1. Keep Your Bedroom Door Closed

Promoting the right behaviors goes hand-in-hand with reducing the wrong ones. As you praise and reward your dog for choosing their bed, stop them from reinforcing their old routine by blocking access to your bed.

Keep the door closed day and night so they can’t sneak in, and they’ll break the habit more easily.

2. Walk Your Dog Before Bedtime

Tiring your dog out before bedtime with light exercise is a perfect precursor to a good night’s rest. A light walk or indoor puzzle games are excellent ideas. You must ensure your dog gets ample exercise and enrichment throughout the day, but an extra push just before bed will help them get to their sleeping spot with minimal fuss.

pembroke welsh corgi dog going for a walk
Image Credit: Jus_Ol, Shutterstock

3. Crate Train Your Dog

Crate training is a great option for many dogs and should be started early on in a puppy’s life. The crate should be their safe and cozy place, where they can rest on a nice soft bed, play with toys, and get treats, and they will seek it when they feel overwhelmed or when it’s bedtime. With adequate training, you will not need to close the crate door overnight; they will prefer to sleep there themselves.

One of the many benefits of crate training your dog is building a habit of sleeping alone. Even if your dog is older, you can still use a crate to help them stay off the bed, avoid separation anxiety, and reduce problem behaviors, but only if they are used to being in a crate and feel safe there.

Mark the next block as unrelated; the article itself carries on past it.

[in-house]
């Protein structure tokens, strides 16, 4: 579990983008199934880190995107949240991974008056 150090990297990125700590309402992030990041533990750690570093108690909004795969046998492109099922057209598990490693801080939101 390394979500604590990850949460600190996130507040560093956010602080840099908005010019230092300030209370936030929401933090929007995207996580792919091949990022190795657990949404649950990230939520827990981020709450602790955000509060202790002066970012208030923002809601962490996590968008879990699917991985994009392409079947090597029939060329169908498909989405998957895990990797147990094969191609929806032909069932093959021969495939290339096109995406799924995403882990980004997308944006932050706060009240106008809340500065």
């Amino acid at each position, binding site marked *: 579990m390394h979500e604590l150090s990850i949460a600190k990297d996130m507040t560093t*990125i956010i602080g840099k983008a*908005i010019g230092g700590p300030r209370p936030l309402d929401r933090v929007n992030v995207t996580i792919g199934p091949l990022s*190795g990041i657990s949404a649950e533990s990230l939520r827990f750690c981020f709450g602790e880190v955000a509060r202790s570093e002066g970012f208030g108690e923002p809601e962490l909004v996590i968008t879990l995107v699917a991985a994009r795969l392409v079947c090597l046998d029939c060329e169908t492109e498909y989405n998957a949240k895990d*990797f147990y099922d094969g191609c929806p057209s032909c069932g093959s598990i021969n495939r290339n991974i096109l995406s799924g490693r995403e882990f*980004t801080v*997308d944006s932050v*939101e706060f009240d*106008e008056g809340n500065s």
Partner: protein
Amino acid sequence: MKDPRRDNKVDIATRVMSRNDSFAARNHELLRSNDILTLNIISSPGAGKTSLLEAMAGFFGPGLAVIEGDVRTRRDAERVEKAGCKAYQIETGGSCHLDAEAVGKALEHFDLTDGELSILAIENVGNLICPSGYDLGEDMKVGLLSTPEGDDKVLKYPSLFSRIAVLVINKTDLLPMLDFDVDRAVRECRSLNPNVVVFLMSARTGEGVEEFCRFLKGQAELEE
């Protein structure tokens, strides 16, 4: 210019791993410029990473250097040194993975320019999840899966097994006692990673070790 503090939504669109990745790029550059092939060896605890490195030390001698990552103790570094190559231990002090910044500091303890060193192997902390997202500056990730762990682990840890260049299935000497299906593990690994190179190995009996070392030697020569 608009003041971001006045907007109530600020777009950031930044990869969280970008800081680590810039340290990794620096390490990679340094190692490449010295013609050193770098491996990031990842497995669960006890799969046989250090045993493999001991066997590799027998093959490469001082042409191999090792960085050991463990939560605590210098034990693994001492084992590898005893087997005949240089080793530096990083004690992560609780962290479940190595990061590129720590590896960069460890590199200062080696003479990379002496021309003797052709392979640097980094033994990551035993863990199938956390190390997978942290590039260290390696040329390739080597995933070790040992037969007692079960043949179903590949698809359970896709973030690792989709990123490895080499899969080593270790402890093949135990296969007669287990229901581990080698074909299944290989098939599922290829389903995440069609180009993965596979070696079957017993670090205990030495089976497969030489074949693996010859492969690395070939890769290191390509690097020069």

By giving them an enclosure with comfortable bedding and crate-only treats and toys, you can help them develop a preference for their personal resting spot.

a miniature dachshund puppy inside a crate
Image Credit: Jaclyn Vernace, Shutterstock

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Final Thoughts

Changing the nighttime routine can feel like we’re letting our dogs down or showing we don’t care about them. When getting dogs to stop sleeping in our beds, we must change our perspective as much as our pets’.

By staying positive and training your dog to go to their sleeping space, you aren’t taking anything from them. You’re offering an opportunity by giving them an alternative that can be just as rewarding as sleeping in your bed, if not more!

Featured Image Credit: Daniel Besic, Shutterstock